I spent a good chunk of the day with Tim Wu's Master Switch, and I can testify that it was time well spent: highly entertaining and enlightening history of what you might call "the communications industry," and in particular on, industry structure. Wu is big on "the cycle" --periods of free-flowing creativity and experimentation followed by he agonizing (and inevitable?) period of consolidation, when somebody gets control of the toll gate and, well, charges as toll.
I won't bother attempting a fullscale review at this late date, though I will indulge myself by noting a couple of points that intrigued me. One, if you like free competition in media, one of your natural allies is (ready for it, folks?)--Richard Nixon. The combination of a free-competition ideology, a strong-minded and determined communications wonk and (who knows? Very likely) Nixon's own deep-seated resentment of what he saw as "the establishment: obliged to give us the cable revolution and the open-skies satellite policy, without which our world would have been much different. And two, I'm impressed at how long it takes some changes to ripple through the system. The Supreme Court put an end to the movie supply chain monopoly, and then to Ma Bell: in both cases, it was years before the full impact of the change filitered down to the masses (and in the case of telephone, it was over almost by the time it--finally--started).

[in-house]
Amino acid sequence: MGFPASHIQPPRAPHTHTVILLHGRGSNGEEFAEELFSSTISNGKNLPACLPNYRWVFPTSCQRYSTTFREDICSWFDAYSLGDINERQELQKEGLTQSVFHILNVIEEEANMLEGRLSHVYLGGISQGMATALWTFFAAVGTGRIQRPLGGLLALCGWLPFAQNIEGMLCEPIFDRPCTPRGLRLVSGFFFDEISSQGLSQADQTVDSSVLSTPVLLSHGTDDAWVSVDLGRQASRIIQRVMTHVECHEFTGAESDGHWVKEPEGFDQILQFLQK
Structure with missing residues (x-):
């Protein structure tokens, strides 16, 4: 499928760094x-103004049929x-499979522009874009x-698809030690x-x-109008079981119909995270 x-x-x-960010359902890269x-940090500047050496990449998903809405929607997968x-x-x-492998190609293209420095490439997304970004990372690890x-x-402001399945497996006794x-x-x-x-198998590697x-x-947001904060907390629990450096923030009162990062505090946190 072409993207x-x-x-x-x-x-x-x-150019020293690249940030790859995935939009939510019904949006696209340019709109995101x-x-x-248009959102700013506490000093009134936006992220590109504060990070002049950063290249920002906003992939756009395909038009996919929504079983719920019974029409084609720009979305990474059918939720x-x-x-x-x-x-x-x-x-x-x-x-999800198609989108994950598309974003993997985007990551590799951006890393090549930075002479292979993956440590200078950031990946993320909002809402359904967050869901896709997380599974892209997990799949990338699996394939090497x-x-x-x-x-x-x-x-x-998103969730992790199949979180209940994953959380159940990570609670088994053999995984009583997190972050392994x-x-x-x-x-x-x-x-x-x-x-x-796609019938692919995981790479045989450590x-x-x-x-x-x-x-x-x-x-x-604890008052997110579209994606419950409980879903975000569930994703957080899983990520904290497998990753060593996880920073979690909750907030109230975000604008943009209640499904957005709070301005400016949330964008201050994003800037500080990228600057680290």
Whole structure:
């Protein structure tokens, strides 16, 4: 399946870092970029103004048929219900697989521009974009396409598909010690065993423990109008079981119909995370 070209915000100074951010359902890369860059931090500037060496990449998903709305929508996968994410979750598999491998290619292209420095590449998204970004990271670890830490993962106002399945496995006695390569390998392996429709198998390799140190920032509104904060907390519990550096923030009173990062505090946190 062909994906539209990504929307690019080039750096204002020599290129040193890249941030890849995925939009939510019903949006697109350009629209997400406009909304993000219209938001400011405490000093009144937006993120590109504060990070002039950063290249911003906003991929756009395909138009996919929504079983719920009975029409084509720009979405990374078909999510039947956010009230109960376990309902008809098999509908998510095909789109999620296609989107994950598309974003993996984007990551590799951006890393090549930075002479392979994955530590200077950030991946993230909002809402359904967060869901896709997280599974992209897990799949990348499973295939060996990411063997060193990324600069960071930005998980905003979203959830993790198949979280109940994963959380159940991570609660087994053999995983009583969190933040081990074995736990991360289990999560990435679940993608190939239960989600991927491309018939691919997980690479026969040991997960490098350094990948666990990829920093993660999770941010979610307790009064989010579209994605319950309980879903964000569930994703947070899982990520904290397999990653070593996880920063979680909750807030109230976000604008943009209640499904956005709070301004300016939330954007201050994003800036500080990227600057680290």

Anyway: the cycle of free-flow and tollgate: with the internet, it seems we are still in something like free-flow but seen through Wu's eyes. it doesn't seem likely that we will stay there long. Ma Bell seems to have pretty well clawed her way back to centrality (after a brief haitus during which none of us could make head or tail out of our phone bills anyway). She doesn't have full control of the internet pipes just yet, although she has plenty of enablers standing ready to help her finish the job, not least Steve Jobs, who emerges as the dark energy at the end of the book (I read my Amazon download with my Iphone reader app).
If my search command is working right, there are just three mentions of Facebook, but given that the book was closed--what? A couple of years ago?--I'm a little surprised there are that many.. But assuming Wu is still on the beat, I'd love to know what he thinks of this.